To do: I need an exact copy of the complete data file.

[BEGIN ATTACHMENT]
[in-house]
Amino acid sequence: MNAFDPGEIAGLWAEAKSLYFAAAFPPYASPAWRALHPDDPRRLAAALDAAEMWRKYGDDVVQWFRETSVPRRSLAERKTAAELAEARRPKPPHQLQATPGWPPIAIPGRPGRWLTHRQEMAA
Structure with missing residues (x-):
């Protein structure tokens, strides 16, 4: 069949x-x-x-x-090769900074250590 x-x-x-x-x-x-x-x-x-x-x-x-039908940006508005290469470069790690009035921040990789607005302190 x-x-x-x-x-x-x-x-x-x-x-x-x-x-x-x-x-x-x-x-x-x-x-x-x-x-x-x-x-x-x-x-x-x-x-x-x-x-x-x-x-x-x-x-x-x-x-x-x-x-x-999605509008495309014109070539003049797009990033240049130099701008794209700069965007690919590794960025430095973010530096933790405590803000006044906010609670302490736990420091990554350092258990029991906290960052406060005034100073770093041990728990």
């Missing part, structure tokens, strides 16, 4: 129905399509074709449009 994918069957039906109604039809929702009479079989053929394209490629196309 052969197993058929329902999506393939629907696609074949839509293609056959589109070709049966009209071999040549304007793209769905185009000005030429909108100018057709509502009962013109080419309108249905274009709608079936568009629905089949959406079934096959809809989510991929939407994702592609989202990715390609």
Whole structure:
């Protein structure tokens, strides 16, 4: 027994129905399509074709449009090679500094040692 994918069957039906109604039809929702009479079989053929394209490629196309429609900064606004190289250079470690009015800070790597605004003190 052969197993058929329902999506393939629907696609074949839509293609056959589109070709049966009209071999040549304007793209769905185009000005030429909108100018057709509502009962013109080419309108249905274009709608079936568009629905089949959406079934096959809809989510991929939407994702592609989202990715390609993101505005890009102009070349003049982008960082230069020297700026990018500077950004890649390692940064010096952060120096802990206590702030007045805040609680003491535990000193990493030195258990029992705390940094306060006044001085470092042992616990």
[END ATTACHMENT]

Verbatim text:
[in-house]
Amino acid sequence: MNAFDPGEIAGLWAEAKSLYFAAAFPPYASPAWRALHPDDPRRLAAALDAAEMWRKYGDDVVQWFRETSVPRRSLAERKTAAELAEARRPKPPHQLQATPGWPPIAIPGRPGRWLTHRQEMAA
Structure with missing residues (x-):
């Protein structure tokens, strides 16, 4: 069949x-x-x-x-090769900074250590 x-x-x-x-x-x-x-x-x-x-x-x-039908940006508005290469470069790690009035921040990789607005302190 x-x-x-x-x-x-x-x-x-x-x-x-x-x-x-x-x-x-x-x-x-x-x-x-x-x-x-x-x-x-x-x-x-x-x-x-x-x-x-x-x-x-x-x-x-x-x-x-x-x-x-999605509008495309014109070539003049797009990033240049130099701008794209700069965007690919590794960025430095973010530096933790405590803000006044906010609670302490736990420091990554350092258990029991906290960052406060005034100073770093041990728990």
């Missing part, structure tokens, strides 16, 4: 129905399509074709449009 994918069957039906109604039809929702009479079989053929394209490629196309 052969197993058929329902999506393939629907696609074949839509293609056959589109070709049966009209071999040549304007793209769905185009000005030429909108100018057709509502009962013109080419309108249905274009709608079936568009629905089949959406079934096959809809989510991929939407994702592609989202990715390609």
Whole structure:
């Protein structure tokens, strides 16, 4: 027994129905399509074709449009090679500094040692 994918069957039906109604039809929702009479079989053929394209490629196309429609900064606004190289250079470690009015800070790597605004003190 052969197993058929329902999506393939629907696609074949839509293609056959589109070709049966009209071999040549304007793209769905185009000005030429909108100018057709509502009962013109080419309108249905274009709608079936568009629905089949959406079934096959809809989510991929939407994702592609989202990715390609993101505005890009102009070349003049982008960082230069020297700026990018500077950004890649390692940064010096952060120096802990206590702030007045805040609680003491535990000193990493030195258990029992705390940094306060006044001085470092042992616990």